Further response to Barry Blackwell’s reply by Donald F. Klein
BAN’S CONFLICT OF INTEREST IN NEUROPSYCHOPHARMACOLOGY
Donald F. Klein’s further response to Barry Blackwell’s reply to his comment
I believe there is more agreement than disagreement here. All agree that transparency is needed. I believe that requires access to patient level data as the EMA has held. Tom emphasizes that there are major legal problems in gaining such access. Therefore, as scientists, our focus should be on developing more homogeneous diagnostic sub-groups that will allow a better understanding of pharmacological interaction with pathophysiology. This leads to better specificity of prescription and accuracy of prognosis. Certainly I agree, but must simply point out that such scientific development and legal/economic modification are not mutually exclusive goals.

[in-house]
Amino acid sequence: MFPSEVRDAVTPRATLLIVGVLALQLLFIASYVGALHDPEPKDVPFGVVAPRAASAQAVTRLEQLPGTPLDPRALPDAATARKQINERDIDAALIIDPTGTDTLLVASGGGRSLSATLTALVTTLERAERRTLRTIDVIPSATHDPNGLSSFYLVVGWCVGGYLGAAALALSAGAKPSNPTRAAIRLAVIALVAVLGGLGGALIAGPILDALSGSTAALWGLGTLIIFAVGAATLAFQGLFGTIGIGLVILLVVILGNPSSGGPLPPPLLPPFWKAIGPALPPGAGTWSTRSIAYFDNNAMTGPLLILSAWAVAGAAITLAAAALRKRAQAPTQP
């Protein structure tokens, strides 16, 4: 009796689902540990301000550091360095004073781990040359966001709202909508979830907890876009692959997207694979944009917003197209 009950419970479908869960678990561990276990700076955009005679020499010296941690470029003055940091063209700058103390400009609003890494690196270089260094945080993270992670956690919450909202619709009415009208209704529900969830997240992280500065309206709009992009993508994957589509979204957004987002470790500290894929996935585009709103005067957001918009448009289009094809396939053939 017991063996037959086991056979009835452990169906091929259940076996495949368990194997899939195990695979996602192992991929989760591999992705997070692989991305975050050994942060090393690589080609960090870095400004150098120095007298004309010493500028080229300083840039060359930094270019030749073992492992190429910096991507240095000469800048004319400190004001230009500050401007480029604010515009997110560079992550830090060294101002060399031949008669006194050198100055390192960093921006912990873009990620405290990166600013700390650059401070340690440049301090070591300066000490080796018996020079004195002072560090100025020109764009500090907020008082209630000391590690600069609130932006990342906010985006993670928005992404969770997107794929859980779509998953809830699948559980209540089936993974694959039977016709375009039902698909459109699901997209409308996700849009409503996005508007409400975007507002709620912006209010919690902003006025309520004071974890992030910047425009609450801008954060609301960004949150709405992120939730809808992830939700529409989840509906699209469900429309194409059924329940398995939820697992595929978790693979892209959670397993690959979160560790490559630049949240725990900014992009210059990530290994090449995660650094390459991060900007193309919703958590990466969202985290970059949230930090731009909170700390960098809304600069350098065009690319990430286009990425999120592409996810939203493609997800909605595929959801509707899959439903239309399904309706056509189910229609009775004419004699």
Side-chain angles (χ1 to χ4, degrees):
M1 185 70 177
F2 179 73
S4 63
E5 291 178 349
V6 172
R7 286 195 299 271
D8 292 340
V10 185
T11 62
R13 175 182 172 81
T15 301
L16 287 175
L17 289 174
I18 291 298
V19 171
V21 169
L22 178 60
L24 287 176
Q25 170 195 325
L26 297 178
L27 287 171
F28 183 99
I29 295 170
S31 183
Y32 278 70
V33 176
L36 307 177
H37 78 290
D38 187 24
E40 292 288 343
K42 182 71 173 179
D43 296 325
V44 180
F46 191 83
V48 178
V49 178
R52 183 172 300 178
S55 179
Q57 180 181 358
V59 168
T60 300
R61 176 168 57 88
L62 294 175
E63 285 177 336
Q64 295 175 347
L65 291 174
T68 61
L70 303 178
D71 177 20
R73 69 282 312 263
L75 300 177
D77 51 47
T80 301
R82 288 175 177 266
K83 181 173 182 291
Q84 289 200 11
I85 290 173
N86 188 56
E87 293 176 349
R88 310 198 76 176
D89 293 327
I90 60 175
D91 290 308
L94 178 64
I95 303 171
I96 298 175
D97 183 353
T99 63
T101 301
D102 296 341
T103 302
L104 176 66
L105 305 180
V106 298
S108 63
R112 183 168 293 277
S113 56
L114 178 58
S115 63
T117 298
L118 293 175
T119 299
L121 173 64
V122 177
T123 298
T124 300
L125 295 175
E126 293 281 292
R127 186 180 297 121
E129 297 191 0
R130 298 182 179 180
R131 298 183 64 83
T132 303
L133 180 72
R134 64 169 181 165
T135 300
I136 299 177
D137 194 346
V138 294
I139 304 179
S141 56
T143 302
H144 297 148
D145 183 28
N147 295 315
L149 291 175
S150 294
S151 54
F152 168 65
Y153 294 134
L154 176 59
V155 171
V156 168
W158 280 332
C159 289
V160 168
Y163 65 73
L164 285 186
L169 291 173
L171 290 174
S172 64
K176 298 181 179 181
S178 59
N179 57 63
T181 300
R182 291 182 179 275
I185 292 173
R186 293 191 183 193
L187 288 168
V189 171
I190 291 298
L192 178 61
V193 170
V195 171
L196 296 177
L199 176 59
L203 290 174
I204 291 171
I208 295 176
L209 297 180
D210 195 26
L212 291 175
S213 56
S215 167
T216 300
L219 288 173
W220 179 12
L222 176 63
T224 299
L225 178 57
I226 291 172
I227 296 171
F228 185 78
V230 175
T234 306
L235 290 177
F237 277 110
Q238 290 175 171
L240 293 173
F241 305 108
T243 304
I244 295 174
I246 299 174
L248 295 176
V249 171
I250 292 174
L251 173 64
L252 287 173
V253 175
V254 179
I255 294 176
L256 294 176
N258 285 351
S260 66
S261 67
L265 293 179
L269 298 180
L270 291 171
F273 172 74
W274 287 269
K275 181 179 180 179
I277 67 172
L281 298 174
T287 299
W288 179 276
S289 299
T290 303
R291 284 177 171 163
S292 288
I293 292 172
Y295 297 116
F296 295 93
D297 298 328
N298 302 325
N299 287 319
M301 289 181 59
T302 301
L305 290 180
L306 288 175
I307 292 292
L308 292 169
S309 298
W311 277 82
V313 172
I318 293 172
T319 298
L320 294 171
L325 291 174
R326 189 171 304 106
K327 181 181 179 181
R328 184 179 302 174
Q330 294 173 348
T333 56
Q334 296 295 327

My emphasis is that the current parallel group, placebo controlled, extensive design actually is problematic, since it gets in the way of improving homogeneity by confounding response due to specific drug benefit with improvement due to non-specific factors, e.g., "spontaneous" remission, anti-demoralization, etc.
The approach that may lead to more homogeneity in medication response is the "intensive" approach, basically double blind placebo substitution in apparent medication responders. This was previously discussed in the INHN comments on Bech’s Clinical Psychometrics.
Donald F. Klein
September 17, 2015